EV Negative Values



EV values can drop faster than an ICE on an electric heating element. Nor'adila Hepburn presents the research and story. Your responses to Nar'adlia findings are appreciated!


Nor'adila writes, "When you're tired of paying inflated prices at the gas pump for your car, buying an electric one can seem appealing. However, what you may not realize is that though they can save you a ton of money, maybe in the thousands, depending on what type of car you have, the buck stops there. For many EV owners, it's no secret that while electric cars save money on fuel and can be snagged at a decent price — they depreciate at a lightning-fast rate.


And the video is another point of view from EV Opinion!

According to Car and Driver, EVs typically lose more than $5,700 per year, for the first five years on average, and will end up costing owners about $28,500 in five years. Compare this to a gas-powered car, which typically loses less than $3,200 per year or $16,000 over five years. The reality is that for most EV owners, depreciation is an expense that has to be factored into your purchase decision. Let's take a closer look to understand why these expensively-priced cars have a hard time holding their value.


Depreciation is like taking money out of your wallet, and setting it on fire — every single day. You don't see it as a loss in the beginning, but after a while, you'll end up paying out the same amount you saved previously by not using gas. So, what causes EVs to depreciate? 


Surprisingly, one of the main factors that leads to depreciation are incentives given to new EV owners to help them buy their vehicle in the first place. Since 2010, the U.S. government has offered tax credits up to $7,500 for anyone wishing to purchase an electric vehicle (via CNBC). While this is good, it causes the price of the vehicle to tank when it's resold.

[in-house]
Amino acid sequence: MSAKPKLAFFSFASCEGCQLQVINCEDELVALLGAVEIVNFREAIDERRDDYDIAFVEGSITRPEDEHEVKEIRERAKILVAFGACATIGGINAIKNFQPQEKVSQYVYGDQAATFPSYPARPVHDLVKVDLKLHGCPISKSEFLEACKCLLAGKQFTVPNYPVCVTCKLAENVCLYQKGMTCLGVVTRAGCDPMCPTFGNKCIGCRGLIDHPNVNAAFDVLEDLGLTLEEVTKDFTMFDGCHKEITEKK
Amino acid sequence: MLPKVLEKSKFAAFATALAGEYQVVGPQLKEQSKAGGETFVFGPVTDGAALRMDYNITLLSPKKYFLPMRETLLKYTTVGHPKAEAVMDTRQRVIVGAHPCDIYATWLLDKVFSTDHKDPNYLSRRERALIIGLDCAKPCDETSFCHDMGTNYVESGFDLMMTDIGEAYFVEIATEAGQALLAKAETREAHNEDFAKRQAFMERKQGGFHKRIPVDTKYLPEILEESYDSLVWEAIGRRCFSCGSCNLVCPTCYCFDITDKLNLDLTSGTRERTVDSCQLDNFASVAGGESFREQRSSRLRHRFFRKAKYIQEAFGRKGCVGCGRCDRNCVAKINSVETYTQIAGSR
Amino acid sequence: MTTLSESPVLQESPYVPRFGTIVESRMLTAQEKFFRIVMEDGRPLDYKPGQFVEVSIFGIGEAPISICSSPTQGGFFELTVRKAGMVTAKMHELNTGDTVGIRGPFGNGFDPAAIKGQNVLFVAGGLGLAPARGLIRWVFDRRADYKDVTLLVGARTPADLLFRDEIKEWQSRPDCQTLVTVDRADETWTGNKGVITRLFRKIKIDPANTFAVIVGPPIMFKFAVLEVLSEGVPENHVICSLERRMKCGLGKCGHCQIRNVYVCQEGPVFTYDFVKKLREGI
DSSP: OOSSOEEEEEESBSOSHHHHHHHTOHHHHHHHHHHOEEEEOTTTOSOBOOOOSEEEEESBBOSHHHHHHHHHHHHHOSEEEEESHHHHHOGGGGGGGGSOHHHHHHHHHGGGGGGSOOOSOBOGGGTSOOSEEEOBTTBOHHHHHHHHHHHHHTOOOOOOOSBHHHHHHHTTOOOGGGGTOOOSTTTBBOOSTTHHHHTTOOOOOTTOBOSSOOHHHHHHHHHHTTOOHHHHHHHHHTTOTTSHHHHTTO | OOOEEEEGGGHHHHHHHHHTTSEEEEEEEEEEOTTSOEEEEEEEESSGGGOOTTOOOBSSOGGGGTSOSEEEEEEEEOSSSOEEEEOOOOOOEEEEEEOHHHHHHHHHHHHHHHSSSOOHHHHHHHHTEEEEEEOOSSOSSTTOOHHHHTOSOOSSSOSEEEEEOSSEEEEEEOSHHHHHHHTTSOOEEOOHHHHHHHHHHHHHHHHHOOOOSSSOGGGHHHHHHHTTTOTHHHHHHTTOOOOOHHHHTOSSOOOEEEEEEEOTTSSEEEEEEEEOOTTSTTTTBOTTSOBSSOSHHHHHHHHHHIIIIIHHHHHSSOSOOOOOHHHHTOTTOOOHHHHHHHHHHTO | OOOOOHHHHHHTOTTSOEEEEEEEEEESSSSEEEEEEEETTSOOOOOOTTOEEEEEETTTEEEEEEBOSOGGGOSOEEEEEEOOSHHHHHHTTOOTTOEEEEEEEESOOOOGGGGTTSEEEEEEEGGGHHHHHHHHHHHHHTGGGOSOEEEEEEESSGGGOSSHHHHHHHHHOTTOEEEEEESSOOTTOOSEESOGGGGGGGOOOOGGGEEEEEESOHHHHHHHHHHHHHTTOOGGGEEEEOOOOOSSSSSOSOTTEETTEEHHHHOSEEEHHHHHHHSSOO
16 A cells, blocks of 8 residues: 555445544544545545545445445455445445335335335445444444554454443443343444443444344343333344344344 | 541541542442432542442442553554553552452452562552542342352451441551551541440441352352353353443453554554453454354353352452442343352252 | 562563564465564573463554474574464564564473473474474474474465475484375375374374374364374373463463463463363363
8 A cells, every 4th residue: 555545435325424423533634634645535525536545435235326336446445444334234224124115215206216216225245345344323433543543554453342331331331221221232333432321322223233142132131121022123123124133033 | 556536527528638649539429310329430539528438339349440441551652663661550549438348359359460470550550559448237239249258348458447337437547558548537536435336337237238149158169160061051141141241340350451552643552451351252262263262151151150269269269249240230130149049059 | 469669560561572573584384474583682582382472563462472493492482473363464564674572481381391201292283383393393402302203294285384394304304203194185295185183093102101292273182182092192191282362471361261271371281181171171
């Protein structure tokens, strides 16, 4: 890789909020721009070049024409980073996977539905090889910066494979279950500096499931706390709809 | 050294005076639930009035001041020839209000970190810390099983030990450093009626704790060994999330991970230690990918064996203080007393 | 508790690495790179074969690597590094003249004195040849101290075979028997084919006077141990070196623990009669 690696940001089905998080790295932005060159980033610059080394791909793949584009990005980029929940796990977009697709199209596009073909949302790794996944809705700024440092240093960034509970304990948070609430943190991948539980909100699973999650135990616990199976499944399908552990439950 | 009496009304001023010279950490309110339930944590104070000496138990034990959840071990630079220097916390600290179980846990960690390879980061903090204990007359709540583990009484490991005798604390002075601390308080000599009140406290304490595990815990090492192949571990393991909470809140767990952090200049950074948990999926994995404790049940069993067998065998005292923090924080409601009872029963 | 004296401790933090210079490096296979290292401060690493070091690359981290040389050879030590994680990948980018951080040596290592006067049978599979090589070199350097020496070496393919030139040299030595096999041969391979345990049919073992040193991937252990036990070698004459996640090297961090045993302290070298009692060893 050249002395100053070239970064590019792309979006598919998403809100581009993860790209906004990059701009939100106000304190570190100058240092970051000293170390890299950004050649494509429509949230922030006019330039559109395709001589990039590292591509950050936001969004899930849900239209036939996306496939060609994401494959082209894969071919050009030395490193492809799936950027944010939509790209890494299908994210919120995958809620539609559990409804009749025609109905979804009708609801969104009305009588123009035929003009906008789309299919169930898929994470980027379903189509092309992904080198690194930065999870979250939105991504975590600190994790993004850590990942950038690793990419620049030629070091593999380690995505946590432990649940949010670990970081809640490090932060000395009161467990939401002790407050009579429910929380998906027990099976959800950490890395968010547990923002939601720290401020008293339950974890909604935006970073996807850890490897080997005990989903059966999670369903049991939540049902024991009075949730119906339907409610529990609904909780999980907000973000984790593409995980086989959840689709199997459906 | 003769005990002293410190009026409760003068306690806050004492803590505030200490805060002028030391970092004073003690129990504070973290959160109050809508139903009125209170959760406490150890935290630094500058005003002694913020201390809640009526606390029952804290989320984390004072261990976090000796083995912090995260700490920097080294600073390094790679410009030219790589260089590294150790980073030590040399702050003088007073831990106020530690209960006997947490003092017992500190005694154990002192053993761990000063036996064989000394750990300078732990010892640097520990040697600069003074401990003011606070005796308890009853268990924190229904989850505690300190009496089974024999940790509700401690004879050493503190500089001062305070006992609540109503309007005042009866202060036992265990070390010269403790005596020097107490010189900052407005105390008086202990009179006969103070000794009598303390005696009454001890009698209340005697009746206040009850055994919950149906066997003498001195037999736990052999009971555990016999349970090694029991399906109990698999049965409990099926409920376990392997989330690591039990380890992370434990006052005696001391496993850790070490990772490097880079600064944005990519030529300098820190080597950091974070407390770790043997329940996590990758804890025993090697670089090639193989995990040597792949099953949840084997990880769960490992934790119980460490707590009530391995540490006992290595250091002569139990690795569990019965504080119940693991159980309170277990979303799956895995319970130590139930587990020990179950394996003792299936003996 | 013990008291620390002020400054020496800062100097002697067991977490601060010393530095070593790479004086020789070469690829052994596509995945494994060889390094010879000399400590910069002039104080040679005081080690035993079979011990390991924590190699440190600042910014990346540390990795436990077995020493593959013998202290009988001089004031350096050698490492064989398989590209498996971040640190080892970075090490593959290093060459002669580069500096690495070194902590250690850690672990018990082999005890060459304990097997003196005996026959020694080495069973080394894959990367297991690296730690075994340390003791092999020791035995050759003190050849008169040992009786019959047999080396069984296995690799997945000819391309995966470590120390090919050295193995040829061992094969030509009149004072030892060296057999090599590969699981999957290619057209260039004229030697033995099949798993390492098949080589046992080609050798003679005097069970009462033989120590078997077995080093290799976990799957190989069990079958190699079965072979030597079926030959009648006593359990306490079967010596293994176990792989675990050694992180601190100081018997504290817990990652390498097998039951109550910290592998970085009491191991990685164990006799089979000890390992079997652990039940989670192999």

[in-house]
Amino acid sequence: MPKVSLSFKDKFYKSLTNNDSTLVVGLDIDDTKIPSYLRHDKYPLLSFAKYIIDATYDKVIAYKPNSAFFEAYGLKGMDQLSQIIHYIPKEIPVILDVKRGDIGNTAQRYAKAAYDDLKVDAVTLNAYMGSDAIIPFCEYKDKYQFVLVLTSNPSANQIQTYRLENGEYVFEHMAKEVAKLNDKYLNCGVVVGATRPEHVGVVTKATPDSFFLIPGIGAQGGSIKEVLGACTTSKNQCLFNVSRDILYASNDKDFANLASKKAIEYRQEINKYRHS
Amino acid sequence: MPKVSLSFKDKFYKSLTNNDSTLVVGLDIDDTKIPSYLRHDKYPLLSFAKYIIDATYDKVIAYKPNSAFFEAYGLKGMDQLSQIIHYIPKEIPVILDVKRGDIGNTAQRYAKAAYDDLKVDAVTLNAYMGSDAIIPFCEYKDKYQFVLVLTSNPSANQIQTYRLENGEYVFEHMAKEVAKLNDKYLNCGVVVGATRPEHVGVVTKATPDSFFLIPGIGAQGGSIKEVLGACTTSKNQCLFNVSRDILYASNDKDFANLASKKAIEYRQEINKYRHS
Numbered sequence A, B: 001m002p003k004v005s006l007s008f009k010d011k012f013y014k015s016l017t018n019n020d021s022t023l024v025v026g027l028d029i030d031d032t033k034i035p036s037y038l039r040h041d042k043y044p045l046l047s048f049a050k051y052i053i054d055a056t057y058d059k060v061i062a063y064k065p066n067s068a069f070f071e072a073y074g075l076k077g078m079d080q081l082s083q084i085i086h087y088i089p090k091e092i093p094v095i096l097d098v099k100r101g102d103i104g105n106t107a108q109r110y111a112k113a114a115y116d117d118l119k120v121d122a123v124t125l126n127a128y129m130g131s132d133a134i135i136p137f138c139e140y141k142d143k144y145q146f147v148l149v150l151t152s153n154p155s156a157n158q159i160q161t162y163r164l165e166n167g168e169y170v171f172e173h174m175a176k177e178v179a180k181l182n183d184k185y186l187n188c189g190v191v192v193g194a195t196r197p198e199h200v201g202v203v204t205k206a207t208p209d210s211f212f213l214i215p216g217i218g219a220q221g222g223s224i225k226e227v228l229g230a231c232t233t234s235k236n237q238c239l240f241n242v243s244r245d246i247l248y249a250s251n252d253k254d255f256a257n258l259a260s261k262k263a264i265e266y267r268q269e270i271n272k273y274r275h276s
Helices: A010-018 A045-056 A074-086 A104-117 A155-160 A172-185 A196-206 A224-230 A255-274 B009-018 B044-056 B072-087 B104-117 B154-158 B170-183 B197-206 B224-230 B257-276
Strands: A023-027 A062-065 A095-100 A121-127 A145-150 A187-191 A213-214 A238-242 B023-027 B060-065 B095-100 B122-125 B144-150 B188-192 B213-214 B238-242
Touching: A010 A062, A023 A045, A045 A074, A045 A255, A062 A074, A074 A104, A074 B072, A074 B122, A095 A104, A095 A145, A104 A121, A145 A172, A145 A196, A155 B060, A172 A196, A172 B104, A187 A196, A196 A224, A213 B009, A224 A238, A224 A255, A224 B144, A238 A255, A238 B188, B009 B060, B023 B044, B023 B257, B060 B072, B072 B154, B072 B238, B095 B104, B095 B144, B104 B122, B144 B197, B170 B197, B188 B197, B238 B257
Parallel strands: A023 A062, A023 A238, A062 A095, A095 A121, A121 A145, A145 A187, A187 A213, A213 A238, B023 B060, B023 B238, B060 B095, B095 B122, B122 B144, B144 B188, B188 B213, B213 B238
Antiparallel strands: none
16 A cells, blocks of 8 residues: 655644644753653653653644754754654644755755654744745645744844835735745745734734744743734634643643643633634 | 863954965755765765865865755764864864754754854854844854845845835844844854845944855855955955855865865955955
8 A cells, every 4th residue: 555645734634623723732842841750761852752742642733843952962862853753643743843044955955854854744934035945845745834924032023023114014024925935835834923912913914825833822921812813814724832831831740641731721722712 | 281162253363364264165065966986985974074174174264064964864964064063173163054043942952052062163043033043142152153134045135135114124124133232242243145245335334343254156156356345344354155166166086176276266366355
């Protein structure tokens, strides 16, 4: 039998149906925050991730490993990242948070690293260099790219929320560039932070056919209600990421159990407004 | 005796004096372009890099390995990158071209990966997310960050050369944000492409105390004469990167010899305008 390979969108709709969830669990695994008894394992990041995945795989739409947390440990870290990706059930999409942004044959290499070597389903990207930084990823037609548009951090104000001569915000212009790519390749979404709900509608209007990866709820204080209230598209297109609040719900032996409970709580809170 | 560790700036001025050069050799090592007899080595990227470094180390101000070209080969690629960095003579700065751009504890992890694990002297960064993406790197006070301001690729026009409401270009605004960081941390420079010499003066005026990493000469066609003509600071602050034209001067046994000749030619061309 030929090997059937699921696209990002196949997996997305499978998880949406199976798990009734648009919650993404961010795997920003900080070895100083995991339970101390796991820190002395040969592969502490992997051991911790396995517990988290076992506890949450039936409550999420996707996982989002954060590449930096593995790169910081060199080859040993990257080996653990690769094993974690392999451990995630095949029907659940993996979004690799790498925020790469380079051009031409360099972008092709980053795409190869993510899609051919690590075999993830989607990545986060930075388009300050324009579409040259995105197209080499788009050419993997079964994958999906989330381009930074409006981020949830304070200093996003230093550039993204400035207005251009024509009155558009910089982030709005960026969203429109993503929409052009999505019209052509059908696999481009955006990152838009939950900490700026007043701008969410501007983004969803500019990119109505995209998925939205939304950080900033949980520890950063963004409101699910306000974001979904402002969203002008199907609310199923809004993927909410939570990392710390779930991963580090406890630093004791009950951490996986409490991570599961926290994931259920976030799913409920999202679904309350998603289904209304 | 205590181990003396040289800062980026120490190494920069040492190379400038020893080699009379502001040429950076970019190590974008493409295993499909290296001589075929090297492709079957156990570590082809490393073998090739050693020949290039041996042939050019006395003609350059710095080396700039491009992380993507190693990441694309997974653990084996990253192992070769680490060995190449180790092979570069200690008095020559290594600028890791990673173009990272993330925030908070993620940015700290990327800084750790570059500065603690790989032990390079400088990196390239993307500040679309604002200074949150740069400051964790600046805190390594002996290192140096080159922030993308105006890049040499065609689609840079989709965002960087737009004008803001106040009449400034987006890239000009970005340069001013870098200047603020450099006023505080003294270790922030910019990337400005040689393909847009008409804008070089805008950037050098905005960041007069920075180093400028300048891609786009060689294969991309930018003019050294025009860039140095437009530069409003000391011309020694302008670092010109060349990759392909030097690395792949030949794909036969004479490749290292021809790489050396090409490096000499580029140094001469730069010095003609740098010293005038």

The second factor is demand. Although interest in electric cars is rising swiftly, that has not topped sales of regular fuel-powered cars. Buyers still want gas-powered cars, although this is predicted to flip in the coming years (via Axios). 


The third factor is battery capacity. EV batteries are notoriously for having a limited lifespan, which affects a car's value if it is not kept in pristine condition. Around the eight-year mark, most electric car batteries have degraded and need to be replaced with a new one, according to Forbes. Finally, changing technology has to be taken into account as well. Rapidly evolving EV technology makes the price go down and accelerates depreciation for older models, each time a new model is released. 


According to industry experts, EV cars that have higher ranges (200 miles and over) and improved battery technology seem to have the highest resale value (via MyEV). This could be a reason why Tesla models tend to have the highest resale prices, because they get the most miles per charge.



While most other EVs will depreciate after several years, the Tesla Model 3 is an exception. Statistics show that not only does the Tesla Model 3 have a resale value that is five times better than other EVs on the market — it also retains 90% of its total value after three years (via ElectricTrek). Furthermore, when compared to other cars (EVs and gas-powered cars), its resale value was four times better, according to InsideEVs. Another reason why Tesla has a slower rate of depreciation is that potential Tesla buyers can no longer get federal tax credits because the manufacturer has already sold 200,000 cars and are no longer eligible to be a part of this incentive (via Tesla).


How can buyers reduce depreciation on their car?


If you are an EV owner or considering buying one soon, there are a couple ways to prevent depreciation so you get the most value. One common way is to buy or lease a second-hand electric vehicle. Buying a used EV, preferably one that is one year old, is a way you can lessen depreciation on your vehicle. Previous owners have already eaten the bulk of the depreciation, so you wind up paying less for it. Leasing a pre-owned EV also reduces depreciation costs. The vehicle already has a lower value, which automatically leads to cheaper monthly payments (via Jerry). 



Maintaining the vehicle is another good way to ensure that your EV has a higher resale value. Buyers are more likely to pay extra for a used vehicle that is properly maintained and has the service records to show it. 


Finally, if you want your EV to resell at top dollar, you should strive to keep the interior and exterior of your car spotless. If you don't mind spending extra money, it's worth it to spring for professional detailing services too, so your car is in pristine selling condition. Appearance matters when it comes to selling your car — buyers will pay up anywhere from 10 to 20% more for a car that looks well-kept than one in bad condition."


Thanks for supporting our work with views, comments and purchases!




45 views0 comments

Recent Posts

See All